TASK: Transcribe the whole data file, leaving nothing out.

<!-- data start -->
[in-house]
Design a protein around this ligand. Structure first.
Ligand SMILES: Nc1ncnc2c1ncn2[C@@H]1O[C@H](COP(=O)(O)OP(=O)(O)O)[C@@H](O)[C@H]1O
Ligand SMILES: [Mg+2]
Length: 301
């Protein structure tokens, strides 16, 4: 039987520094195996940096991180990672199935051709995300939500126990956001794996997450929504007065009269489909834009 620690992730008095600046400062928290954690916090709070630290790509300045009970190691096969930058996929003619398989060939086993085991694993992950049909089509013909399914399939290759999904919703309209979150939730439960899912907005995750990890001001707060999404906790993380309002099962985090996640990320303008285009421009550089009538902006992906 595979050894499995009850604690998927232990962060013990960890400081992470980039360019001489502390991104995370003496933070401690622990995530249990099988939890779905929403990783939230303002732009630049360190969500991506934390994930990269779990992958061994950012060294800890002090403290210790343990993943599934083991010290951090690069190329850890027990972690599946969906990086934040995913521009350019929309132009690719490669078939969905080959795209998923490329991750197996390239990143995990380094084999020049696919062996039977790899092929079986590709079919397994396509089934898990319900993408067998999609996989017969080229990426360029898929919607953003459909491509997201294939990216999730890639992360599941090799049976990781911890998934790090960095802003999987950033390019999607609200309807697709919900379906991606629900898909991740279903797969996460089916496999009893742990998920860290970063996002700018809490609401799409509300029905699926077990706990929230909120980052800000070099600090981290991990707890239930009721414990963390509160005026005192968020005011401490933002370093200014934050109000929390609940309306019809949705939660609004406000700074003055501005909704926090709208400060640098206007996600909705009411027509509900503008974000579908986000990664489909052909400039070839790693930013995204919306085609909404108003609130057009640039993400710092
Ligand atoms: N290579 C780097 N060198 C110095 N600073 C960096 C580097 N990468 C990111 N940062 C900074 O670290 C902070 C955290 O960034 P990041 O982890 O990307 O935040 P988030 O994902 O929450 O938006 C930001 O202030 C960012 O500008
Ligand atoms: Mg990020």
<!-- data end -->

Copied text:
[in-house]
Design a protein around this ligand. Structure first.
Ligand SMILES: Nc1ncnc2c1ncn2[C@@H]1O[C@H](COP(=O)(O)OP(=O)(O)O)[C@@H](O)[C@H]1O
Ligand SMILES: [Mg+2]
Length: 301
């Protein structure tokens, strides 16, 4: 039987520094195996940096991180990672199935051709995300939500126990956001794996997450929504007065009269489909834009 620690992730008095600046400062928290954690916090709070630290790509300045009970190691096969930058996929003619398989060939086993085991694993992950049909089509013909399914399939290759999904919703309209979150939730439960899912907005995750990890001001707060999404906790993380309002099962985090996640990320303008285009421009550089009538902006992906 595979050894499995009850604690998927232990962060013990960890400081992470980039360019001489502390991104995370003496933070401690622990995530249990099988939890779905929403990783939230303002732009630049360190969500991506934390994930990269779990992958061994950012060294800890002090403290210790343990993943599934083991010290951090690069190329850890027990972690599946969906990086934040995913521009350019929309132009690719490669078939969905080959795209998923490329991750197996390239990143995990380094084999020049696919062996039977790899092929079986590709079919397994396509089934898990319900993408067998999609996989017969080229990426360029898929919607953003459909491509997201294939990216999730890639992360599941090799049976990781911890998934790090960095802003999987950033390019999607609200309807697709919900379906991606629900898909991740279903797969996460089916496999009893742990998920860290970063996002700018809490609401799409509300029905699926077990706990929230909120980052800000070099600090981290991990707890239930009721414990963390509160005026005192968020005011401490933002370093200014934050109000929390609940309306019809949705939660609004406000700074003055501005909704926090709208400060640098206007996600909705009411027509509900503008974000579908986000990664489909052909400039070839790693930013995204919306085609909404108003609130057009640039993400710092
Ligand atoms: N290579 C780097 N060198 C110095 N600073 C960096 C580097 N990468 C990111 N940062 C900074 O670290 C902070 C955290 O960034 P990041 O982890 O990307 O935040 P988030 O994902 O929450 O938006 C930001 O202030 C960012 O500008
Ligand atoms: Mg990020």